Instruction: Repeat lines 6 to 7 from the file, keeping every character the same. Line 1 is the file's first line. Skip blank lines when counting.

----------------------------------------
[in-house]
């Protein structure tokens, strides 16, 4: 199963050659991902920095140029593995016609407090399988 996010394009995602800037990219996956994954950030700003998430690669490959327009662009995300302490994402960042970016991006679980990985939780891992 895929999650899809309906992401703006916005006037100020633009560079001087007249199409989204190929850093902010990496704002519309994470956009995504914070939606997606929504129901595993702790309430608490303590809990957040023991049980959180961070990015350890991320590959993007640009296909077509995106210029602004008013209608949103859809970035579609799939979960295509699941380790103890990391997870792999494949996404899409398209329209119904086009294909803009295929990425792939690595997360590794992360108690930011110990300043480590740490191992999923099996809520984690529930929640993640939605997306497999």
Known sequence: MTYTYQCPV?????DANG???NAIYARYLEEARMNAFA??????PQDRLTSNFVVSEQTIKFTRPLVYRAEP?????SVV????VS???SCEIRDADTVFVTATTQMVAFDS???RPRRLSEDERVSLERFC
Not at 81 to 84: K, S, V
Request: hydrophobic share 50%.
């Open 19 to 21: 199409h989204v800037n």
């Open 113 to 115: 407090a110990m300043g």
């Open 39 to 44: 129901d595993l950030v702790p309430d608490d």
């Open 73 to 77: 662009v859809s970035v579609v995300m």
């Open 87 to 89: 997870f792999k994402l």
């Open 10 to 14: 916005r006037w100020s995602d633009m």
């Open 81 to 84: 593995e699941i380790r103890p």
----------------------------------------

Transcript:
């Open 19 to 21: 199409h989204v800037n």
């Open 113 to 115: 407090a110990m300043g």